A small village near Daulatabad in Maharashtra is now losing its life because of the downfall of the craftwork that was once indigenous to place. Kagazipura which was once acknowledged as a settlement of skilled families and the art of making paper is now a village struggling to carry on its legacy with the support of a few power mills.
The name of the village is symbolic of the heritage it holds. It is trying to survive with its bygone history of the unique production of the handmade paper, an art which is almost 700 hundred years old and dates us back to the era of the Mughal reign. Studies show that India learned about paper production a millennia after China did. According to archaeological evidence, during the Mughal invasions, there was an influx of knowledge and new industries along with the Islam propaganda. Where there were several hubs which were mushrooming throughout India after the introduction of this new technology, there was an uprise in papermaking as an industry and means of livelihood under the reign of Sultan Muhammad bin Tughlaq.
The credit of the existence of the papermaking industry in Maharashtra in Aurangabad and Daulatabad district is given to Mohammad bin Tughlaq. After shifting his empire from the north side of the peninsula to Daulatabad, the focus of his empire’s development was centralized to Daulatabad and its residents. Demand for the paper came from all over and was particularly high in the southern region. People who indulged in papermaking were called Kagzis. Since it was a family business there were huge migrations to pivot towards the activity center. People shifted their belongings and made settlements- weavers, artisans, paper makers, people belonging to various levels of social strata. Many kagzi families had to shift their bases from other parts of the region to Daulatabad plateau. The geography of the place allowed the paper industry to flourish. There was an abundance of water and space required to making handmade paper which was provided by the nearby lakes. Kagzi families shifted and settled near the lakes and started producing paper from their homes. This settlement was hence referred to as the Kagazipura village. It was from here the courts would retrieve paper and communicate within and outside their empire.
In the 1930s then ruler, Nizam Asaf Jah VII formed a cooperative society called Handmade Paper Manufacturers Co op Industrial Society Ltd. It included all the families involved in the paper manufacturing unit in Kagazipura after independence by virtue of their service from the past. The process of handmade paper production used raw material such as hemp fibres, jute fibres, cloth rags, waste papers, barks from plants such as ramreetha.
The raw material was boiled together and beaten with hammer into pulp to the consistency of cream with addition of water in a tank. Finely woven sieve was dipped into the creamy pulp. The sieve was taken out of the tank and the excess water was drained away from the sieve. The mixture was then pressed to rem,ove the remining water. Afyer dying, the sheet of paper was passed under a roller to obtain a smooth surface. hereafter
Today the processs of making is by and large the same the only inclusion is of the machinery. The shredders, chindis or canvas rags and vegetable fibers are soaked in water overnight.This soaked mixture is then processed in the beater with a capacity of about 400 liters where it is stirred continuously till it settled down. A wooden rectangular frame overlaid by a bamboo/cane mesh is dipped horizontally into the Hauz and then lifted gradually upwards until the surface is reached. It is kept for a while for the excess water to drain off. The gathered layer of the thin pulp is covered with the terrycloth sheets and these sheets are then transferred on the wooden ply to completely get rid of the water content. Then each paper sheet is manually separated and they are hung for drying for a day after which, the paper is polished with a machine. A worker can produce 300-400 sheets a day.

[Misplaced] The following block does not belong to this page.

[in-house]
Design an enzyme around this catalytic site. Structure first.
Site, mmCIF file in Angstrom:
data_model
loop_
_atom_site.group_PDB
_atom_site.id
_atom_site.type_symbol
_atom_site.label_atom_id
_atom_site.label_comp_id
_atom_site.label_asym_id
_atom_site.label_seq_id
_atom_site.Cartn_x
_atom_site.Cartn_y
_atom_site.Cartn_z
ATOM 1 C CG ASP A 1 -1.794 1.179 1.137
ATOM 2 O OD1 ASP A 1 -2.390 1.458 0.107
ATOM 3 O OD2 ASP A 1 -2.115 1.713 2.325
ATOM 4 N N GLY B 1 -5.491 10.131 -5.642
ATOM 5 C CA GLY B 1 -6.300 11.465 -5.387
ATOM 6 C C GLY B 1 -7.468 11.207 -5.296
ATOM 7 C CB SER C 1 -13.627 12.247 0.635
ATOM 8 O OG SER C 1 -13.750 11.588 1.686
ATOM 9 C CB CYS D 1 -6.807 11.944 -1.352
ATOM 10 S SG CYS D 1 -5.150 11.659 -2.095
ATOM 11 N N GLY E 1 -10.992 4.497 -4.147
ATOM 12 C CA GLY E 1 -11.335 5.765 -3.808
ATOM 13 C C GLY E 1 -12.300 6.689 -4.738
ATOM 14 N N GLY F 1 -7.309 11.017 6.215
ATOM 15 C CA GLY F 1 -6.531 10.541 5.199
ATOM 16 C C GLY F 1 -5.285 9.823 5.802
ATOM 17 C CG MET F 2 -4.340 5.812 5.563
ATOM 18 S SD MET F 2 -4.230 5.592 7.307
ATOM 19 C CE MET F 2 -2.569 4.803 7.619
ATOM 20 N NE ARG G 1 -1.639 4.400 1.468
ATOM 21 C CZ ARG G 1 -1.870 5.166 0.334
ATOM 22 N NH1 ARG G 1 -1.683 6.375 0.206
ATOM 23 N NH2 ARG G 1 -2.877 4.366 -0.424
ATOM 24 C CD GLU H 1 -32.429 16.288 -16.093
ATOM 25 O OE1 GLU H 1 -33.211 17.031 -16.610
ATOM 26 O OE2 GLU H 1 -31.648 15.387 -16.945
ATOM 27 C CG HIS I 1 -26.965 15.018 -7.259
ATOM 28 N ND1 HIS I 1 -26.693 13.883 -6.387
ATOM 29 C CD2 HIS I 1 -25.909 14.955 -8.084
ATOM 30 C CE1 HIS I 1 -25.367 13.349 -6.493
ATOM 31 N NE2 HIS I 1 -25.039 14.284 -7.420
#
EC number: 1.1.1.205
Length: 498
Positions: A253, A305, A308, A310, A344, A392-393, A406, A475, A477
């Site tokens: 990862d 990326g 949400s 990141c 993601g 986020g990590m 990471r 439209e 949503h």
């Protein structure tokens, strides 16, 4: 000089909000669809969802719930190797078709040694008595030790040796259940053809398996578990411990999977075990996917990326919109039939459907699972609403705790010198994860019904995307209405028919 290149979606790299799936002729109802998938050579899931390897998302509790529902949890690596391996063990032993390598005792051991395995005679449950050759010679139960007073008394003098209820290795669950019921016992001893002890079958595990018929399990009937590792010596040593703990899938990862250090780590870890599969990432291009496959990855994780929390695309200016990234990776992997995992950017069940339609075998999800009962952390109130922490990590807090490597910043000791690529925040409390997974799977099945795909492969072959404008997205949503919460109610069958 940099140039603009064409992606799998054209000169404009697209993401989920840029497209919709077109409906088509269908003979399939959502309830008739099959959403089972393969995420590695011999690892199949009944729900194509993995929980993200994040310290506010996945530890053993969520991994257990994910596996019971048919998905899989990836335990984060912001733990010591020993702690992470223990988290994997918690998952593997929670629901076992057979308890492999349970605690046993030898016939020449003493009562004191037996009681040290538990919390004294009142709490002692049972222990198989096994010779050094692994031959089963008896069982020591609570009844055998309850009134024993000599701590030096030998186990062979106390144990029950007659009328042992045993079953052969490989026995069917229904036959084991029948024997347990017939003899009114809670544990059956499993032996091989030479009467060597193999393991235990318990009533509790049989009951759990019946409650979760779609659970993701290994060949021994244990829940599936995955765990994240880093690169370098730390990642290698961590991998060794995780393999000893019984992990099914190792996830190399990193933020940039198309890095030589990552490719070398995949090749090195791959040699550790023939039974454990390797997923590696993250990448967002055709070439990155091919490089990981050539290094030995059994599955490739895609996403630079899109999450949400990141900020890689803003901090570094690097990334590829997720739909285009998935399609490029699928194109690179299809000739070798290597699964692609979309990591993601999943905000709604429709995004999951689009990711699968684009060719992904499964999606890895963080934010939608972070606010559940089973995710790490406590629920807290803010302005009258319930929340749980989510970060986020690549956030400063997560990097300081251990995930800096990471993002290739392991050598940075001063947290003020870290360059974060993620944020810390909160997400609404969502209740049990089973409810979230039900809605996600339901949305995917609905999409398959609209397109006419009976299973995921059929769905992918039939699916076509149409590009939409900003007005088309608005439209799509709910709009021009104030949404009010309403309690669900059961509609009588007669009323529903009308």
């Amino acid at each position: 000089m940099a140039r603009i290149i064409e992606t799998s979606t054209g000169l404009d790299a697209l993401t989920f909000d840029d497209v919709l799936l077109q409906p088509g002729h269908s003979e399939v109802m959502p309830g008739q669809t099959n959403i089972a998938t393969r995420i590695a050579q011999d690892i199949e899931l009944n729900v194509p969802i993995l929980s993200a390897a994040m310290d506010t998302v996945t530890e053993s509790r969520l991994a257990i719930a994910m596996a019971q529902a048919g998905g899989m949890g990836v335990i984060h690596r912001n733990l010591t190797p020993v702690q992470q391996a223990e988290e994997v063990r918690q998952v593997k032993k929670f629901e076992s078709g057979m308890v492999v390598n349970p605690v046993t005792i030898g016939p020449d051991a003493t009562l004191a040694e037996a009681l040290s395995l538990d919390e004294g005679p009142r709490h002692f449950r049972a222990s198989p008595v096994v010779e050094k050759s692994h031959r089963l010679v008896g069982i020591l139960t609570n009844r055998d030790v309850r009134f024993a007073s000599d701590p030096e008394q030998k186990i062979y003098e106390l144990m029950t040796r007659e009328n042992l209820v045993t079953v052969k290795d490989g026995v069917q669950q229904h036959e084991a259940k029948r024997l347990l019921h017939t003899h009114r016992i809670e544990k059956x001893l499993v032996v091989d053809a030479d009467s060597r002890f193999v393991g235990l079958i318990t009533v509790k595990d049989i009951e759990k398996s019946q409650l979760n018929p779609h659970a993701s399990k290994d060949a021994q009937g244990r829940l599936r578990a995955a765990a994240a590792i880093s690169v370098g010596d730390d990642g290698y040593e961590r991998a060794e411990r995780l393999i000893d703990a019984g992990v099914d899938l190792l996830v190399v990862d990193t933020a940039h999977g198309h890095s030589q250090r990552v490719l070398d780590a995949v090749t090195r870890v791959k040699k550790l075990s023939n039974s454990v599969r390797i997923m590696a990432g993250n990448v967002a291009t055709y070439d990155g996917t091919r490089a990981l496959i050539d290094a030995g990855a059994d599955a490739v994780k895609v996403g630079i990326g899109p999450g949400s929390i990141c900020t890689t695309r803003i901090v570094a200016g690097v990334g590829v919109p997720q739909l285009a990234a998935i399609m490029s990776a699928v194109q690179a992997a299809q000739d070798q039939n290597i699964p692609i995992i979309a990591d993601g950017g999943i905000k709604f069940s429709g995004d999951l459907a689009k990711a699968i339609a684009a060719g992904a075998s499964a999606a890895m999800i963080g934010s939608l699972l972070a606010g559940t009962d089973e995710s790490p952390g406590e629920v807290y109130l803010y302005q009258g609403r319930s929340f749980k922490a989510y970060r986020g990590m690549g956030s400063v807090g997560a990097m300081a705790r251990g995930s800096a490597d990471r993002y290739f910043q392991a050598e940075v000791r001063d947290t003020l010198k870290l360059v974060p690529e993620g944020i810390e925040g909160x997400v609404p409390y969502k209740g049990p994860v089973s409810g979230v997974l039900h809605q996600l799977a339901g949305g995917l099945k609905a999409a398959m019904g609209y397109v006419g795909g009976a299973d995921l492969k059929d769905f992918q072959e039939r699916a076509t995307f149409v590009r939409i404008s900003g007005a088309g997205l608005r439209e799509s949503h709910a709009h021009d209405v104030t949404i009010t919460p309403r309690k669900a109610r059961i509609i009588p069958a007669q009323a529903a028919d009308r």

Kinds of Handmade Paper
The paper from Daulatabad was unique and became famous for its glossiness and durability. There were numerous varieties in which it was produced such as:
Nizam Shahi: Superior Quality
Made using pieces of old ganni and tat superior quality
Mohredar: made both in superior and inferior quality
Shashista Khani: inferior quality
made from rejected rags and old paper
Bahadur Khani: Medium Quality, Thick Paper
Sahib Khani: Medium Quality Thick
Murad Shahi Paper: Fine Quality
Sharbati: Thick and Fine Paper
With today’s rapidly changing scenario and mechanical development, the craft of handmade paper is fading away. The total number of 10 mills was reduced to the only one which was relocated around 50 -60 years ago. The mill still carries its tradition of manufacturing paper both in a traditional and contemporary way. The repair of the mill is still an issue for local people and labor from which the livelihood depended. The major occupation of this paper village has changed to brick manufacturing and other professions so there is a decline in the paper production business. Water resources have depleted, it has become semi-arid and arid region. Usage of machinery has made the workers highly dependent on electricity, which directly affects the manufacturing process.